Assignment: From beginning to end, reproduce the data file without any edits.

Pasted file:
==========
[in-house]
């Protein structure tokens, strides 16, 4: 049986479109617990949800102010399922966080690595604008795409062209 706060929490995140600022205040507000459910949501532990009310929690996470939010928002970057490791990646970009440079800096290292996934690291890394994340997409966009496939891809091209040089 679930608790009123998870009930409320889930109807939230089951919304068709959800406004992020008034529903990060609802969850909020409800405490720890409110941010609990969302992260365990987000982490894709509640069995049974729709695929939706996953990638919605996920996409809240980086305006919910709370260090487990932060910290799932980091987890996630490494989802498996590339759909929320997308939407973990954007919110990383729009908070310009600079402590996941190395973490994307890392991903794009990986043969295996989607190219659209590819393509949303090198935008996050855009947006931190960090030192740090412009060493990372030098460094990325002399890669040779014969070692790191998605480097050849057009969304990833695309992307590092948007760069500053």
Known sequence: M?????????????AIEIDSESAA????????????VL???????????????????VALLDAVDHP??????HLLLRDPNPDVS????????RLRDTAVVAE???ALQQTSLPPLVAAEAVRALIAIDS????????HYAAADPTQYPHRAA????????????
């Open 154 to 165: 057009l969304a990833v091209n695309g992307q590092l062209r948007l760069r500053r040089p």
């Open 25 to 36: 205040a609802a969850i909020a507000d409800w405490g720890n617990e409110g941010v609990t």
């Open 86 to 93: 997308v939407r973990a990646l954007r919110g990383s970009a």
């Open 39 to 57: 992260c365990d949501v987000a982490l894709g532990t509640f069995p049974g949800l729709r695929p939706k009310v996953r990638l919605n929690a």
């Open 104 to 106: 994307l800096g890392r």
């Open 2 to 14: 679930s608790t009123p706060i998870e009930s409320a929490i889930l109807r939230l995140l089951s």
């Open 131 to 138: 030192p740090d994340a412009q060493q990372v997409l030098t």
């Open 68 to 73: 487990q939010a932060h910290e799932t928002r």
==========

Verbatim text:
[in-house]
């Protein structure tokens, strides 16, 4: 049986479109617990949800102010399922966080690595604008795409062209 706060929490995140600022205040507000459910949501532990009310929690996470939010928002970057490791990646970009440079800096290292996934690291890394994340997409966009496939891809091209040089 679930608790009123998870009930409320889930109807939230089951919304068709959800406004992020008034529903990060609802969850909020409800405490720890409110941010609990969302992260365990987000982490894709509640069995049974729709695929939706996953990638919605996920996409809240980086305006919910709370260090487990932060910290799932980091987890996630490494989802498996590339759909929320997308939407973990954007919110990383729009908070310009600079402590996941190395973490994307890392991903794009990986043969295996989607190219659209590819393509949303090198935008996050855009947006931190960090030192740090412009060493990372030098460094990325002399890669040779014969070692790191998605480097050849057009969304990833695309992307590092948007760069500053």
Known sequence: M?????????????AIEIDSESAA????????????VL???????????????????VALLDAVDHP??????HLLLRDPNPDVS????????RLRDTAVVAE???ALQQTSLPPLVAAEAVRALIAIDS????????HYAAADPTQYPHRAA????????????
């Open 154 to 165: 057009l969304a990833v091209n695309g992307q590092l062209r948007l760069r500053r040089p």
């Open 25 to 36: 205040a609802a969850i909020a507000d409800w405490g720890n617990e409110g941010v609990t």
């Open 86 to 93: 997308v939407r973990a990646l954007r919110g990383s970009a």
């Open 39 to 57: 992260c365990d949501v987000a982490l894709g532990t509640f069995p049974g949800l729709r695929p939706k009310v996953r990638l919605n929690a």
């Open 104 to 106: 994307l800096g890392r």
């Open 2 to 14: 679930s608790t009123p706060i998870e009930s409320a929490i889930l109807r939230l995140l089951s």
């Open 131 to 138: 030192p740090d994340a412009q060493q990372v997409l030098t």
């Open 68 to 73: 487990q939010a932060h910290e799932t928002r």